[GUIDE] How to create a bootable USB drive out from a HoleOS .iso file

Requirements

  • A USB drive (minimum 8GB, the recommended size is 16GB, the recommended pendrive is the PeachStick I 16GB)
  • balenaEtcher program installed

Steps


STEP 1: Download balenaEtcher

We recommend using balenaEtcher for flashing the .iso file to your USB drive because balenaEtcher is cross-platformed, so it is available for Windows, macOS, and Linux as well. (Note 1)

Windows and macOS download link: https://www.balena.io/etcher/

Download link for Debian based Linux distros: https://www.omgubuntu.co.uk/2017/05/how-to-install-etcher-on-ubuntu

Download link for Arch based Linux distros: https://aur.archlinux.org/packages/balena-etcher/


STEP 2: Flash the .iso file to your USB drive

Open balenaEtcher.

Click on “Flash from file” and select the HoleOS .iso file from your computer. (you can download it from https://peachestech.net/holeos/download/.)

After that, click on “Select target” and select your USB drive.

After that, click on “Flash” to start flashing the iso file to your USB device.

And now the flashing begins. If you are using a USB 3.0 drive, then it will take like 2-3 minutes, and if you are using a USB 2.0 drive, then it will take around 4-6 minutes to flash.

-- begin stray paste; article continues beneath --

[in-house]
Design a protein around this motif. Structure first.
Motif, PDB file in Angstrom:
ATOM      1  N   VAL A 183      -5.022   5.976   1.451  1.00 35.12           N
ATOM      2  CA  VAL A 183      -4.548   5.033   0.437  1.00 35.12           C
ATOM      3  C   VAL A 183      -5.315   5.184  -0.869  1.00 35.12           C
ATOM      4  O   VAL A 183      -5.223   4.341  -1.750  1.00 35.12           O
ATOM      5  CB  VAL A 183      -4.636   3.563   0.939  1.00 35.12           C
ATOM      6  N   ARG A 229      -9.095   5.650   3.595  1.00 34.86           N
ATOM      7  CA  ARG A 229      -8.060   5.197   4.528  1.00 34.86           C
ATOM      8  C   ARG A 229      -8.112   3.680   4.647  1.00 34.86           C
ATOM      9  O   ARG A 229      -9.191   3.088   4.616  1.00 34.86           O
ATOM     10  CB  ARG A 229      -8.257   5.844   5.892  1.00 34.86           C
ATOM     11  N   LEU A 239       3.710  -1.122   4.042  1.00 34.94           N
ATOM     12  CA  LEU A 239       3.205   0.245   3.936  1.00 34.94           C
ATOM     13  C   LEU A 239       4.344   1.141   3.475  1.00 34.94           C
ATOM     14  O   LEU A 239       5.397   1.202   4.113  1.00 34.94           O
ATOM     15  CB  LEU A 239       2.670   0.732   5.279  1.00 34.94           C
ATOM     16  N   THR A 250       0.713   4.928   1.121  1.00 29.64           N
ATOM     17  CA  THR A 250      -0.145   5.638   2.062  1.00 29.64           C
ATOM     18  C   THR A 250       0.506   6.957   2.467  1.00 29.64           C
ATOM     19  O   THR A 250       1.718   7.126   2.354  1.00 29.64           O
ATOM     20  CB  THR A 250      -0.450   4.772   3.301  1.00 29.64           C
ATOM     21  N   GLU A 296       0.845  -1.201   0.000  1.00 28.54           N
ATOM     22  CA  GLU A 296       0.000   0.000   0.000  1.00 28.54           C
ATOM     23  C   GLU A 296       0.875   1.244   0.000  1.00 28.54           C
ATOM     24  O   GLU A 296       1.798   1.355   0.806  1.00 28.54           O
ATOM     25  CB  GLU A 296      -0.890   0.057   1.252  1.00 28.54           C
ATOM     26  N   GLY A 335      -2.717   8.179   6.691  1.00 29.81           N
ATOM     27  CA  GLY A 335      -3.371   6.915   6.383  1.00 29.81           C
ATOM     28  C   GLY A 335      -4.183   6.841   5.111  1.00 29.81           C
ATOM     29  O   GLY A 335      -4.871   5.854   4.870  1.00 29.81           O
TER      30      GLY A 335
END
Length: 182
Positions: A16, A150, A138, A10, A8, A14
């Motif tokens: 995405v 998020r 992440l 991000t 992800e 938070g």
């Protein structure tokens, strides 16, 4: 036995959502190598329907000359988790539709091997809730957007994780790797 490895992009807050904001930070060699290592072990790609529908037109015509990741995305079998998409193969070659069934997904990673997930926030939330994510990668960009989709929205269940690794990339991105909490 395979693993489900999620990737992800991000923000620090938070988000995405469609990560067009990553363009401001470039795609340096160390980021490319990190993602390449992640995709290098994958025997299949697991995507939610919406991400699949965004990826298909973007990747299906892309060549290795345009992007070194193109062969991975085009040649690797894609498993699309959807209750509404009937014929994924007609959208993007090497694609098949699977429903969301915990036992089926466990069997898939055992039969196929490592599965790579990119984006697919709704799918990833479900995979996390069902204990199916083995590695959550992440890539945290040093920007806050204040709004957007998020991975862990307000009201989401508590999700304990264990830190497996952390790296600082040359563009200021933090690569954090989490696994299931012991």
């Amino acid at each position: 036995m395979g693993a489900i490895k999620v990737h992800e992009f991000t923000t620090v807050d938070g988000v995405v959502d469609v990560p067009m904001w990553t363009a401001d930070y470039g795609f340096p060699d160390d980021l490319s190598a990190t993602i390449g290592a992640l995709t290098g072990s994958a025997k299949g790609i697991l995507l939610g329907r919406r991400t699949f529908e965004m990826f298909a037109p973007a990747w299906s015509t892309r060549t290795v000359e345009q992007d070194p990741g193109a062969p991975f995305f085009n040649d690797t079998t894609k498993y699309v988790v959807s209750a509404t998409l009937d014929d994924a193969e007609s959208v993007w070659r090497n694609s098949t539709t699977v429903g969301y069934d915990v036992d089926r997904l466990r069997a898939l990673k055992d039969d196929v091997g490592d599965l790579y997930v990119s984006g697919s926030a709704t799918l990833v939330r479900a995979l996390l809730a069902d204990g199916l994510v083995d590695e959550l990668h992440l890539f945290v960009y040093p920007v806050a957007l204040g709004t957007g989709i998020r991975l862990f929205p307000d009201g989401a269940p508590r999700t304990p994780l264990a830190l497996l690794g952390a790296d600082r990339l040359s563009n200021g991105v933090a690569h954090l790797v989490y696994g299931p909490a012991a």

If you see this, then congratulations! You have a bootable HoleOS USB drive!

If you have errors during or after the flashing process, try to use another USB drive or restart your computer.

That was the guide,
have a nice day,
Benjamin Stonawski
CEO of Peaches Technology

Notes

Note 1: Etcher is just perfect for HoleOS because it is cross-platformed and it can manage multi-partitioned .iso files. That is important because HoleOS 0.2.1’s .iso file is a multi-partitioned .iso file, everything is on a 100 MB FAT32 partition, and the SquashFS (Note 2) is on a ~6 GB ext4 partition. That’s because you can’t put files more than 4 GB into a FAT32 partition. You can’t use Rufus for creating the bootable USB drive, because it can only manage FAT32 and NTFS partitions.

Note 2: SquashFS is a compressed read-only file system for Linux. SquashFS compresses files, inodes, and directories, and supports block sizes from 4 KiB up to 1 MiB for greater compression. (Source: https://en.wikipedia.org/wiki/SquashFS)